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Music

Award-season is finally upon us in the cinematic world, and even though the ceremonies will look much different than they have in the past, I am still looking forward to celebrating the outstanding achievements from this complicated year in film.Though there are always going to be question marks surrounding certain nominees, mainly in the form of unfathomable snubs (Delroy Lindo not receiving a Golden Globe nomination for his electric performance in DA 5 BLOODS, for example), I’m not sure that I have ever been more puzzled by a nominee than I am right now. For reasons I can’t possibly begin to comprehend, MUSIC, which was written, directed, and produced by Sia, received Golden Globe nominations for Best Film (Comedy or Musical) and Best Actress (Comedy or Musical.)

If you haven’t heard of MUSIC yet, rest assured that it is, at best, a tragically misguided and woefully puzzling attempt to explore the complexities of a young girl with autism. At its worst, it is an unwatchable, offensive, and unfathomably awful piece of filmmaking that is, quite honestly, one of the worst movies I have ever seen.

MUSIC has been a source of controversy from its inception. Sia, the popular singer/songwriter who has dazzled audiences with her beautiful music videos “Chandelier”, “Elastic Heart,” and “Born Yesterday”, set out to tell the story of Music (played by Sia’s muse and artistic stand-in Maddie Ziegler) a young girl afflicted with autism who sees the world and internalizes her feelings in the form of elaborate song and dance. Unable to communicate verbally, her mind processes emotions and thoughts as sugary, brightly lit, carefully choreographed dance sequences.

Much of the controversy surrounding MUSIC was the choice to have a neurotypical performer, Ziegler, in the title role. The failure of this feature cannot be laid at the feet of Ziegler, who, starring in her first major role, executes her motions as directed. Unfortunately, this film, allegedly, is about inclusion and acceptance, yet fails to feature the very individuals that the production is meant to celebrate. Furthermore, a central plot point revolves around restraining of Music when she becomes agitated, which caused such an outcry within the autism community that Sia pledged to have these sequences removed, yet as this article goes to print, the scenes are still included in the version currently streaming on Amazon. Sia has attempted to justify these mystifyingly misguided decisions in multiple interviews, yet has done far more harm than good. Her attempt to defuse the controversies surrounding the project has been a lesson in how NOT to handle a crisis, from offering haphazard explanations in her casting decisions to deleting her social media accounts, it has been a complete disaster at every turn.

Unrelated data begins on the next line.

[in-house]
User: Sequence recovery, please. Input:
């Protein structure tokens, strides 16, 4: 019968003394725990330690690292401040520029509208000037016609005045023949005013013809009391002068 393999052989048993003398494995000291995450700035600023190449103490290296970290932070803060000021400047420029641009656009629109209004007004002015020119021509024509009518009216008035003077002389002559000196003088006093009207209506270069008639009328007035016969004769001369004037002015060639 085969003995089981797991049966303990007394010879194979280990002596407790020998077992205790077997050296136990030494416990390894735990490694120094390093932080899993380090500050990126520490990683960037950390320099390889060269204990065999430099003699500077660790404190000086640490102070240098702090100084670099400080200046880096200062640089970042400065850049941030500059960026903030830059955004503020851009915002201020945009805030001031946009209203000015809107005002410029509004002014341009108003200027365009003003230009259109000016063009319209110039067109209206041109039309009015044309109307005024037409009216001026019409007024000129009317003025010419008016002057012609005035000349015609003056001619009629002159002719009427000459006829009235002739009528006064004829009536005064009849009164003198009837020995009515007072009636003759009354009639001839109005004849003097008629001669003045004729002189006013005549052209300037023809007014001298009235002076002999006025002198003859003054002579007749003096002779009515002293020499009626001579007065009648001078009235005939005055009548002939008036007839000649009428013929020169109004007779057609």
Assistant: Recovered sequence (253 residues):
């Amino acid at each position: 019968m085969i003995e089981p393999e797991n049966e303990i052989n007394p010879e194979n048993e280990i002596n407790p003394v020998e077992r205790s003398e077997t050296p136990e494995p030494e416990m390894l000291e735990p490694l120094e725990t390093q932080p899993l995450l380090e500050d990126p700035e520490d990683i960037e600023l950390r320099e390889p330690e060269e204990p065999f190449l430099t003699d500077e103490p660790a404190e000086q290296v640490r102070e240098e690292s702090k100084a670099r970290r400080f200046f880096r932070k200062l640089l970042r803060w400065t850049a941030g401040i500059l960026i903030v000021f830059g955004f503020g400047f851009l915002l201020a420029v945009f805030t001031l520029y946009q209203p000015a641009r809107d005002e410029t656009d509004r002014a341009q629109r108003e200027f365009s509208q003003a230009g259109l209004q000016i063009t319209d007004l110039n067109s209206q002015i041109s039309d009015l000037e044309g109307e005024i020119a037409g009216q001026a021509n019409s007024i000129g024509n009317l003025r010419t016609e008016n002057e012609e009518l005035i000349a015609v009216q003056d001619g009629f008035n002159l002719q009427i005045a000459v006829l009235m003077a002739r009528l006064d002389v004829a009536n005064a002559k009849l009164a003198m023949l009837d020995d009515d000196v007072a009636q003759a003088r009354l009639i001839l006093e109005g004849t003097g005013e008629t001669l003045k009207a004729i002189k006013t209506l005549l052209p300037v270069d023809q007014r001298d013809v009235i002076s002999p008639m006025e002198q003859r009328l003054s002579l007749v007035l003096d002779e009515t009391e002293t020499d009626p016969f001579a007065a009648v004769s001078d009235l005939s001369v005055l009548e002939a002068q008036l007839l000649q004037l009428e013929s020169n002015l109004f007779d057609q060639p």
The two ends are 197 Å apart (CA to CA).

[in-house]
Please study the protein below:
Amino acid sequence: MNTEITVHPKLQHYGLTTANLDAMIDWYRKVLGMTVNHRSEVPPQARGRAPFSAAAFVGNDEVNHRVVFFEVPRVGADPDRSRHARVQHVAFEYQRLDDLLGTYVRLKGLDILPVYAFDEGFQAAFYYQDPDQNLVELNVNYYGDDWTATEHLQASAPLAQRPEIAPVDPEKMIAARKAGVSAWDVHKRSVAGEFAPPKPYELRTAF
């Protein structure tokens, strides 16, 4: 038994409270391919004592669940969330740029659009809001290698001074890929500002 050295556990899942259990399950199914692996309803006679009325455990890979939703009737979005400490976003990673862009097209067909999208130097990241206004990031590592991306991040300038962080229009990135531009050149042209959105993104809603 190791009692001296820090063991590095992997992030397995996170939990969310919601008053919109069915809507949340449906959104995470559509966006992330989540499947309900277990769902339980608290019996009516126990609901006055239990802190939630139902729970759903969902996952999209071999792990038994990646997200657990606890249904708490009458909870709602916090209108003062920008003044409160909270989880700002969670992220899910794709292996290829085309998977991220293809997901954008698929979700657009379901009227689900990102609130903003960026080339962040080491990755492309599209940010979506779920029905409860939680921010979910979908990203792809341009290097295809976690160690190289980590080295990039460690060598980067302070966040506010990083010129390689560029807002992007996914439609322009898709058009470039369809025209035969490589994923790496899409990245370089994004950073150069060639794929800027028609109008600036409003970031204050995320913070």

Controversies aside, MUSIC is a confounding, incoherent mess of a movie that wastes the considerable talents at its disposal. Music (Ziegler) lives with her grandmother, Millie (Mary Kay Place) in an apartment in New York City. Millie has set up a routine that allows for Music to experience freedoms in the form of walks and trips to the library. There are many folks in the neighborhood that pitch in and follow her throughout her journey, ensuring her safety and comfort. When her grandmother dies, Music’s quirky, drug-dealing sister Zu (Golden Globe nominee Kate Hudson) shows up to get in on the inheritance. Instead, she becomes the reluctant guardian of her sister. Largely unable to cope with her own life, let alone taking care of someone else, Zu forges a relationship with Ebo (Leslie Odom) a former boxer who already has an established bond with the young girl.

There are a number of other confounding subplots that come and go without any type of reasoning, and through it all, there are the song and dance sequences previously referenced. Though these are just as baffling as the scenes surrounding them, due to Ziegler’s immense talent and Sia’s unique vision, they offer brief respite from the forced and faulty drama that comprises this ill-conceived story. There is no denying Ziegler’s talent, and these moments allow her to shine. Unfortunately, they do little to tackle the complexities of autism, and even seem to belittle the plight of those afflicted. It’s as if Music is being “healed” by the power of song and dance, though the film had given up exploring her as a person long ago. Despite the title, the movie ends up being much more about Zu and her struggles with addiction and crime, forcing Music to become a supporting character in her own film.

I truly believe that Sia had good intentions when taking on this passion project, and though I’m not sure how well the final product mirrored her original vision, I have a hard time believing this was the result she had been yearning for. When the very community she had set out to entertain and enlighten is lambasting the filmmaker for virtually every decision, it’s hard to fathom how MUSIC was ever released, let alone garnered the Golden Globe nominations it certainly didn’t deserve.

MUSIC: GRADE F
(Now streaming on Amazon.)

MUSIC RATED: PG-13
RUN TIME: 1h 47min
GENRE: Drama, Musical
STARRING: Kate Hudson, Leslie Odom Jr., Maddie Ziegler
DIRECTORS: Sia
WRITERS: Sia

Brian Miller
Film Critic
Based out of Central New York, Brian Miller is a film critic who works in television, radio, and print. Providing passionate and energetic takes on every movie he sees, he looks for the best in a movie, not the worst.